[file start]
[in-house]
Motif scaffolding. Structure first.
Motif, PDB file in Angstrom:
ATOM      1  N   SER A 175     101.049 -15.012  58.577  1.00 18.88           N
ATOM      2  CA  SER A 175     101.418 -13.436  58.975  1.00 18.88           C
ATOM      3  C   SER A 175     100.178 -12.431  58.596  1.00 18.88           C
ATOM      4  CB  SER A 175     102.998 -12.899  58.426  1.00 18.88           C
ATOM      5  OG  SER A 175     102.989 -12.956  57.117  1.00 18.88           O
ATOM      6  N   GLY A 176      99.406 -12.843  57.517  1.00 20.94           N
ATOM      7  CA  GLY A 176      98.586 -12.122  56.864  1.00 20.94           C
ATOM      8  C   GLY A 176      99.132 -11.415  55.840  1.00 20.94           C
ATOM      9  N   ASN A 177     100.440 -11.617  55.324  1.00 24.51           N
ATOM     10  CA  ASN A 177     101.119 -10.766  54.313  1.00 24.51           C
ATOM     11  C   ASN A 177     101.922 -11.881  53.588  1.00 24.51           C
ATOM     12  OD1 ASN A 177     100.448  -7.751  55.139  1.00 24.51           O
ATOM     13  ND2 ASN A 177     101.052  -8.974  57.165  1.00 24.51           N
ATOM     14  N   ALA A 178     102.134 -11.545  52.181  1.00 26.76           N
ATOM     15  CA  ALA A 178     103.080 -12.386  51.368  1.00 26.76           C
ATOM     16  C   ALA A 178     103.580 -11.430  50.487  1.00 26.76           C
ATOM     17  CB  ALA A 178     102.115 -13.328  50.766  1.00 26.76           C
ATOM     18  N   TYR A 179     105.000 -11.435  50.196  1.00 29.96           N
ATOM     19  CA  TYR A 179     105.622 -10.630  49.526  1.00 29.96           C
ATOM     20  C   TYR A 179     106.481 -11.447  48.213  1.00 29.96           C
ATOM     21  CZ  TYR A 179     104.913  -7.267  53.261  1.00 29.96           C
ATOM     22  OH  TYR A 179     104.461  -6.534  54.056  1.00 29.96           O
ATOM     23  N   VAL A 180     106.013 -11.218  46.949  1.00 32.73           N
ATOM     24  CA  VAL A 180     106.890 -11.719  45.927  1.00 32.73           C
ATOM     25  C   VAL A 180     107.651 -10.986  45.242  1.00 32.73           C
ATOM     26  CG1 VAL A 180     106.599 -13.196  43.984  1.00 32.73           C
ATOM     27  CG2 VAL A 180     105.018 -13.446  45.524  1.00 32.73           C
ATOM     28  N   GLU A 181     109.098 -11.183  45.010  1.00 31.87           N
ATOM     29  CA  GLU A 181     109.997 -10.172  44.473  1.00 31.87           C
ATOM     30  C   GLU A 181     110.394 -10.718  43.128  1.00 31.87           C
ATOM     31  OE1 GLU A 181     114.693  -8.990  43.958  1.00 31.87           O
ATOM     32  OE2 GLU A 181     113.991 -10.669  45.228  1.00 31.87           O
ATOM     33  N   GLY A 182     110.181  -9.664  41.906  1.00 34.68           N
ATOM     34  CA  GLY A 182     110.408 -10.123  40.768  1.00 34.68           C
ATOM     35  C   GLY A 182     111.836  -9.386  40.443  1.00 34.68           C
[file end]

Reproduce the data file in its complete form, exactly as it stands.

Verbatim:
[in-house]
Motif scaffolding. Structure first.
Motif, PDB file in Angstrom:
ATOM      1  N   SER A 175     101.049 -15.012  58.577  1.00 18.88           N
ATOM      2  CA  SER A 175     101.418 -13.436  58.975  1.00 18.88           C
ATOM      3  C   SER A 175     100.178 -12.431  58.596  1.00 18.88           C
ATOM      4  CB  SER A 175     102.998 -12.899  58.426  1.00 18.88           C
ATOM      5  OG  SER A 175     102.989 -12.956  57.117  1.00 18.88           O
ATOM      6  N   GLY A 176      99.406 -12.843  57.517  1.00 20.94           N
ATOM      7  CA  GLY A 176      98.586 -12.122  56.864  1.00 20.94           C
ATOM      8  C   GLY A 176      99.132 -11.415  55.840  1.00 20.94           C
ATOM      9  N   ASN A 177     100.440 -11.617  55.324  1.00 24.51           N
ATOM     10  CA  ASN A 177     101.119 -10.766  54.313  1.00 24.51           C
ATOM     11  C   ASN A 177     101.922 -11.881  53.588  1.00 24.51           C
ATOM     12  OD1 ASN A 177     100.448  -7.751  55.139  1.00 24.51           O
ATOM     13  ND2 ASN A 177     101.052  -8.974  57.165  1.00 24.51           N
ATOM     14  N   ALA A 178     102.134 -11.545  52.181  1.00 26.76           N
ATOM     15  CA  ALA A 178     103.080 -12.386  51.368  1.00 26.76           C
ATOM     16  C   ALA A 178     103.580 -11.430  50.487  1.00 26.76           C
ATOM     17  CB  ALA A 178     102.115 -13.328  50.766  1.00 26.76           C
ATOM     18  N   TYR A 179     105.000 -11.435  50.196  1.00 29.96           N
ATOM     19  CA  TYR A 179     105.622 -10.630  49.526  1.00 29.96           C
ATOM     20  C   TYR A 179     106.481 -11.447  48.213  1.00 29.96           C
ATOM     21  CZ  TYR A 179     104.913  -7.267  53.261  1.00 29.96           C
ATOM     22  OH  TYR A 179     104.461  -6.534  54.056  1.00 29.96           O
ATOM     23  N   VAL A 180     106.013 -11.218  46.949  1.00 32.73           N
ATOM     24  CA  VAL A 180     106.890 -11.719  45.927  1.00 32.73           C
ATOM     25  C   VAL A 180     107.651 -10.986  45.242  1.00 32.73           C
ATOM     26  CG1 VAL A 180     106.599 -13.196  43.984  1.00 32.73           C
ATOM     27  CG2 VAL A 180     105.018 -13.446  45.524  1.00 32.73           C
ATOM     28  N   GLU A 181     109.098 -11.183  45.010  1.00 31.87           N
ATOM     29  CA  GLU A 181     109.997 -10.172  44.473  1.00 31.87           C
ATOM     30  C   GLU A 181     110.394 -10.718  43.128  1.00 31.87           C
ATOM     31  OE1 GLU A 181     114.693  -8.990  43.958  1.00 31.87           O
ATOM     32  OE2 GLU A 181     113.991 -10.669  45.228  1.00 31.87           O
ATOM     33  N   GLY A 182     110.181  -9.664  41.906  1.00 34.68           N
ATOM     34  CA  GLY A 182     110.408 -10.123  40.768  1.00 34.68           C
ATOM     35  C   GLY A 182     111.836  -9.386  40.443  1.00 34.68           C